11. rolmops

    Starcraft islander restoration

    I have gone back and forth about replacing my I/O with an outboard and in the end decided against it. It is not just covering up the hole left by removal of the I/O. It probably means having to replace the entire transom because a 30 year old transom that was not designed to carry the weight of an outboard and which may have internal rot is not what you want to hang an outboard on. Then there is the lack of structure connecting between the lengthwise skeleton and the transom. You would have to make those connections. I could go on. Boats designed for outboard propulsion are structurally different from I/O driven boats. As for cold water fishing and the risk of cracking the block due to freezing, you can drain that little 4 banger by loosening your hoses at the front and opening 2 drain plugs, one on the manifold and one on the block. That should take about one minute. If it is a project that you are looking for, then by all means, go for it, It is not that hard. You will gain extra space and you will get rid of a ton of ancient wiring. If you just want to go fishing, then probably a simple repair to get the engine going will be all you need.
  12. rolmops

    Alpha 1 bellows

    I have done it several times. It seems easy. The newer type that slide into a slot are easy. The older type is a lot harder. Getting the glue to stick in the right places is not easy. It tends to dry up or get onto your hands.You will need soap,band aides and iodine. The soap is to wash out your mouth several times during the process. The one thing that makes things a lot easier is sticking the bellows in very hot water for a while, it makes them softer and a bit more stretchy
  13. rolmops

    Oswego or Irondequoit

    You may want to consider Fairhaven. The fishing is comparable to Oswego, but if the weather is poor, you have a large bay that you can fish in. Wednesday will be quiet in Irondequoit bay. Sent from my iPhone using Lake Ontario United
  14. rolmops

    Northern King Lures are back .

    According to their website, They are the very same silver coated blanks. ABOUT NORTHERN KING In 1984, Patsy Distaffen created the original Northern King spoon. A tool and die specialist with Xerox and an avid hunter and fisherman, Patsy found his passion making fishing lures when he founded Northern King. He recognized the need for a trolling lure that wouldn’t spin while being trolled at higher speeds. He spent countless hours refining the shape and details behind his incredibly successful lure design. “When we cleaned out my parent's house, in every single room, every single floor, there was files… because he was always tinkering with dies or the lures or something. We had shoeboxes full of files.” Says daughter Beverly Cahill. The Northern King lure grabbed the attention of many charter boat captains and derby fisherman on Lake Ontario. Patsy was able to talk to anyone and would talk your ear off about fishing. By word of mouth, Patsy went from producing 20,000 lures a year to 150,000 in full time production by 1988. It enjoyed many years of success under Pat’s leadership. “When my dad died, it was his passion. All of us kids knew how to make the lures, we knew his customer base, could take orders, ship orders, but we didn’t have that passion to keep designing the way he did.” Says Beverly. In 2016, Northern King was purchased by Thompson-Pallister Bait Co. Ltd.; the Canadian manufacturers of Len Thompson Lures. As a fourth generation family business, Thompson-Pallister Bait Co. was thrilled to acquire a company with similar values. “Len Thompson, our great grandfather, also created his own unique fishing spoon which turned into a successful legacy brand.” Quotes Brad Pallister, President. The company has purchased the Northern King brand name and, most importantly, all of the original die sets which mold the unique shape of each Northern King spoon. “We will be bringing back a small selection colour patterns to start available Summer 2017.” Says Brad. Each new Northern King lure will be Canadian manufactured in Lacombe, Alberta using quality components including strong stainless steel split rings, Eagle Claw Lazer Sharp hooks and environmentally friendly, durable paints.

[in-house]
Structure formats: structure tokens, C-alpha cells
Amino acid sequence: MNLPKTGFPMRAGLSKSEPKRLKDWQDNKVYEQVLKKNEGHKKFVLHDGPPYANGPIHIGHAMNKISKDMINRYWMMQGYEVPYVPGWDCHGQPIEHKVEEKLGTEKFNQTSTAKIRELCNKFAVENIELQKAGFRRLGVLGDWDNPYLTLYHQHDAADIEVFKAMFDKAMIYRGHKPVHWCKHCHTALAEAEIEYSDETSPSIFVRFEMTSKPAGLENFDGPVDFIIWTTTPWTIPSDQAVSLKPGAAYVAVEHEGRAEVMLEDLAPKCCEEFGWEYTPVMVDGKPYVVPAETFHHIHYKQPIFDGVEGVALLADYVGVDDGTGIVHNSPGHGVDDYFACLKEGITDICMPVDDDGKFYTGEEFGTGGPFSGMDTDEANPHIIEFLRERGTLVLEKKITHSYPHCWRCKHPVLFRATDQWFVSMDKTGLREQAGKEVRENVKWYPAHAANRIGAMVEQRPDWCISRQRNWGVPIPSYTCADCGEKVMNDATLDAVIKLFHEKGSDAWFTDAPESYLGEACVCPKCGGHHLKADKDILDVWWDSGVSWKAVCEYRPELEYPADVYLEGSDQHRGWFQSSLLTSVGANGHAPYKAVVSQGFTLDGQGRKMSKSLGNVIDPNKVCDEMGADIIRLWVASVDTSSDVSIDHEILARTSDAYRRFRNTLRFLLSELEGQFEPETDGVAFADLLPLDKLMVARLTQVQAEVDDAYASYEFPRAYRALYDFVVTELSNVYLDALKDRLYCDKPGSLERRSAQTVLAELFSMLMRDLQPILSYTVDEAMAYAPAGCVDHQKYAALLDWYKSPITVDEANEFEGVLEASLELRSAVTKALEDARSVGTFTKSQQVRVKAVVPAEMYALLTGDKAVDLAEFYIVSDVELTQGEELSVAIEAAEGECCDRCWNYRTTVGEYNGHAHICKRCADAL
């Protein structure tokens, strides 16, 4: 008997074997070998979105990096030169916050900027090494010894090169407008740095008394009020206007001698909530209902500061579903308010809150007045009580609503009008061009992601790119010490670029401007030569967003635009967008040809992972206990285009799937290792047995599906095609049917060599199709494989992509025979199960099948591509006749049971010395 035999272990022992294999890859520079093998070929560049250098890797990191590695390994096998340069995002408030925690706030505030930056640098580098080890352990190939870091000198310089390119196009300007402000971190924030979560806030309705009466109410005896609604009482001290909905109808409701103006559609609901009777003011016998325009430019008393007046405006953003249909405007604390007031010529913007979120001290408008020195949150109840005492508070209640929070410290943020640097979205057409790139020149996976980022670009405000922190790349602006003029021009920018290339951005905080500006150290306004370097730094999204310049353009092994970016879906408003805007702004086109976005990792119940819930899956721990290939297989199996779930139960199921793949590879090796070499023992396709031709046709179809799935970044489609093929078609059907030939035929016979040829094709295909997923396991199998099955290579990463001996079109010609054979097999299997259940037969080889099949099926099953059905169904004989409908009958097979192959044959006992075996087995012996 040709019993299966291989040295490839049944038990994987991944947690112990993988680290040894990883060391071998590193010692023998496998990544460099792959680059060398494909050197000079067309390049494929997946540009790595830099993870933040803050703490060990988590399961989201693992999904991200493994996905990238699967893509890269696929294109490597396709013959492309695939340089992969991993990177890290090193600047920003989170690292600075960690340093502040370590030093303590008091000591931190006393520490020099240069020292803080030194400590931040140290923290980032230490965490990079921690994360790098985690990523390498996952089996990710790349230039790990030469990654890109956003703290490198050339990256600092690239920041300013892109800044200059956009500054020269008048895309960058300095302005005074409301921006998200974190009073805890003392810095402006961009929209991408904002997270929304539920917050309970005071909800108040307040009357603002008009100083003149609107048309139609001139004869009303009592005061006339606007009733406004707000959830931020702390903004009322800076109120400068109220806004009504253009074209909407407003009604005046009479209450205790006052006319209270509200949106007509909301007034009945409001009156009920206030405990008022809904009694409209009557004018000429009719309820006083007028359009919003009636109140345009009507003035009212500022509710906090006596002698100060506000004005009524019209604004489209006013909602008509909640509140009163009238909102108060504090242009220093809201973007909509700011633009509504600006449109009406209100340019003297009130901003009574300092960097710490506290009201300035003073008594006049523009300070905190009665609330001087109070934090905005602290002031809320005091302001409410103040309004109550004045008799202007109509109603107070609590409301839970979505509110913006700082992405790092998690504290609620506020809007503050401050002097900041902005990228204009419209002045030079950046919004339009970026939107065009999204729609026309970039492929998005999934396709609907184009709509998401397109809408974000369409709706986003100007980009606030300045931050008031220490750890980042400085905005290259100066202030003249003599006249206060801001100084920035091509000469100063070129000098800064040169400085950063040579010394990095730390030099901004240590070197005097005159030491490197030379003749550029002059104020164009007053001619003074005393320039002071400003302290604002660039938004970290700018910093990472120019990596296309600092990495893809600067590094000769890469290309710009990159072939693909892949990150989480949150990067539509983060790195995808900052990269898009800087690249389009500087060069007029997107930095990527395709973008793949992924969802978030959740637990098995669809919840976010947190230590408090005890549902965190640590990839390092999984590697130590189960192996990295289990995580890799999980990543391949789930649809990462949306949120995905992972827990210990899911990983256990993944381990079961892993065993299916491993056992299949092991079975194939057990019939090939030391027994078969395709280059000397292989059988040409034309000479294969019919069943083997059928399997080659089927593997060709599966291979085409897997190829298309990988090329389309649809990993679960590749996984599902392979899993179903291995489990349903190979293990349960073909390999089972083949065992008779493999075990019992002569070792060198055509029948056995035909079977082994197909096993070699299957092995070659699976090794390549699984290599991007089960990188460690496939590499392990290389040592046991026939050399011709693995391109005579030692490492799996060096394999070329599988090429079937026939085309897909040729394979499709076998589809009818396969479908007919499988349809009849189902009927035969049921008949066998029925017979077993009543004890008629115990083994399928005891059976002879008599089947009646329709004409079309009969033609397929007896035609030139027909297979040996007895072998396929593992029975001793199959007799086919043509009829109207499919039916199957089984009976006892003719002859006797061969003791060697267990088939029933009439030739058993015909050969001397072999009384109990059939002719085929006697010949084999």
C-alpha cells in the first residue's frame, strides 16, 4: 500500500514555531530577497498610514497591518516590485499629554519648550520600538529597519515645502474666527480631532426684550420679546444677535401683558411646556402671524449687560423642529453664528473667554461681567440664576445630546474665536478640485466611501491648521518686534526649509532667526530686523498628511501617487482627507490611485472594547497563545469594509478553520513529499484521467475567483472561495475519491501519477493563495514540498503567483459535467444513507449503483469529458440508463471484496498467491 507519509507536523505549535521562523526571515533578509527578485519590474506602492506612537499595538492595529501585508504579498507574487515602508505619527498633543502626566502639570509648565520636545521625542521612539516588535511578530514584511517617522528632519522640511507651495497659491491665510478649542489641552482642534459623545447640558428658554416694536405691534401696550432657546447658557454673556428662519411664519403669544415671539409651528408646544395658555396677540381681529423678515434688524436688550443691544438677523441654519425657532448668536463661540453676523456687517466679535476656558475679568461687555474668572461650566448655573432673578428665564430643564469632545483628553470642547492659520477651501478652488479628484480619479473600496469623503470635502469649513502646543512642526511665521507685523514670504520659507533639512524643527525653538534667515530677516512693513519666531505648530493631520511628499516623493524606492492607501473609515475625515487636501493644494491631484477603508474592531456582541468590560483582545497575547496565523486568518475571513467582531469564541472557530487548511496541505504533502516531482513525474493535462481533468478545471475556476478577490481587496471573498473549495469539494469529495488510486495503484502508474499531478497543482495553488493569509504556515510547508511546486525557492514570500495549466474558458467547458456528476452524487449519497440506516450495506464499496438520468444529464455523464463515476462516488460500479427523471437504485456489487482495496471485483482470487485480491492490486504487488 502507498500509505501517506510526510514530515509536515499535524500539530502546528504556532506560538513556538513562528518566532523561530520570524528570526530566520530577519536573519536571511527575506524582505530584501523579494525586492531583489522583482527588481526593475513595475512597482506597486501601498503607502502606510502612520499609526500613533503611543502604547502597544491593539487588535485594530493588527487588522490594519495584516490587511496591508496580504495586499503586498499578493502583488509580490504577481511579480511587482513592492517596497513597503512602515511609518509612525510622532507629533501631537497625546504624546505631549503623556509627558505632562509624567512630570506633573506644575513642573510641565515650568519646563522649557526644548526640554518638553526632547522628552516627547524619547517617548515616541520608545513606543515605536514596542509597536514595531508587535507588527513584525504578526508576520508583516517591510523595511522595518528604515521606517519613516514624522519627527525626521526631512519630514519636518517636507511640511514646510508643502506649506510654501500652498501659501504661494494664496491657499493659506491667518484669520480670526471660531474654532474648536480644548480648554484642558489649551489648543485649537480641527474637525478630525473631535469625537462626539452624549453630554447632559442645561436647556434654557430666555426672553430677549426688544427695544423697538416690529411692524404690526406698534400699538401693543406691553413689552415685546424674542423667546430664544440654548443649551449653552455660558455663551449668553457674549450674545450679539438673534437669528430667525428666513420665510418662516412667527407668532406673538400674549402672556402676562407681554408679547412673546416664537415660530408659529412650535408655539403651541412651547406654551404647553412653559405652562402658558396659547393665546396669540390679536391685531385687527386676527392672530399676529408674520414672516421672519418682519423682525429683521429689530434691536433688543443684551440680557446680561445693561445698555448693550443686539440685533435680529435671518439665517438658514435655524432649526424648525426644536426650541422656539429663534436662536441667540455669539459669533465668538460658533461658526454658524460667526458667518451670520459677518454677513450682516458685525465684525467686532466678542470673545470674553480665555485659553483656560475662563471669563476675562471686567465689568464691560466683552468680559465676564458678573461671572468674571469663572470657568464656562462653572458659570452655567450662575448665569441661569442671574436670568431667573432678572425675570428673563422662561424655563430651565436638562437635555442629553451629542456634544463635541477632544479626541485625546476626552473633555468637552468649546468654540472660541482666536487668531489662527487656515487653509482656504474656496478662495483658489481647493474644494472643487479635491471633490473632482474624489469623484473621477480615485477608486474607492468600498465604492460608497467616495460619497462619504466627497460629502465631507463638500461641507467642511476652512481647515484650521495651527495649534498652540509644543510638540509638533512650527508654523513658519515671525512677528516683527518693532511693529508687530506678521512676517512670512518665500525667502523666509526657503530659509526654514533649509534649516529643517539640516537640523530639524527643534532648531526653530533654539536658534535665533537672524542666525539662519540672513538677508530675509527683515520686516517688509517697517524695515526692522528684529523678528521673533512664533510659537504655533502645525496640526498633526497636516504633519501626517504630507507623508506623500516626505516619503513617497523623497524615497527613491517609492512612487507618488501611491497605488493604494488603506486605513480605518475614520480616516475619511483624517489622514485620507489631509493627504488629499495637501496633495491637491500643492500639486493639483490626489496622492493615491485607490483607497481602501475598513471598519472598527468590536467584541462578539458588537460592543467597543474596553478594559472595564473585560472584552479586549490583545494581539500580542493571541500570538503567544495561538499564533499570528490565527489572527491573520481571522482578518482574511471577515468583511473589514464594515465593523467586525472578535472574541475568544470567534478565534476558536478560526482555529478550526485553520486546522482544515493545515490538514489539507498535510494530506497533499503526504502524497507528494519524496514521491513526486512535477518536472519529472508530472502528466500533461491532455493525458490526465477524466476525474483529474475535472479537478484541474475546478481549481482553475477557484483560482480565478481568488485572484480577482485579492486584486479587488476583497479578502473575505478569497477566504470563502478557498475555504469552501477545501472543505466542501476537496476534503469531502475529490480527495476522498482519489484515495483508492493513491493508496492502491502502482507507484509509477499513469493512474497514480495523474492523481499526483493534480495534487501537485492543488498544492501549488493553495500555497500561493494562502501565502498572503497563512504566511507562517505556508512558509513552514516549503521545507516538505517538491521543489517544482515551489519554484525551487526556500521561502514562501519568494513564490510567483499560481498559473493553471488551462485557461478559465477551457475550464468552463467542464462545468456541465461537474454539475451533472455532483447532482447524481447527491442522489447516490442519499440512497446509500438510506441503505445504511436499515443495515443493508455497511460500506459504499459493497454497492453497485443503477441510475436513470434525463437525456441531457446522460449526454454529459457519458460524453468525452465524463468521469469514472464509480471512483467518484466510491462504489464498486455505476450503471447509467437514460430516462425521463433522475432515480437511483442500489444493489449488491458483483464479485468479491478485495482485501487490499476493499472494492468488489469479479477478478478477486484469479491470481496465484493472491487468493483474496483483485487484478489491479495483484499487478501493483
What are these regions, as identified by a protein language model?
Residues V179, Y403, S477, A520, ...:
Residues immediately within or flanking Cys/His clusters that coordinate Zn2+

15. The company has moved from Rochester ,NY to Canada and today to my surprise I found new Northern King lures in Field and Stream in Rochester,NY. The salmon had better be afraid!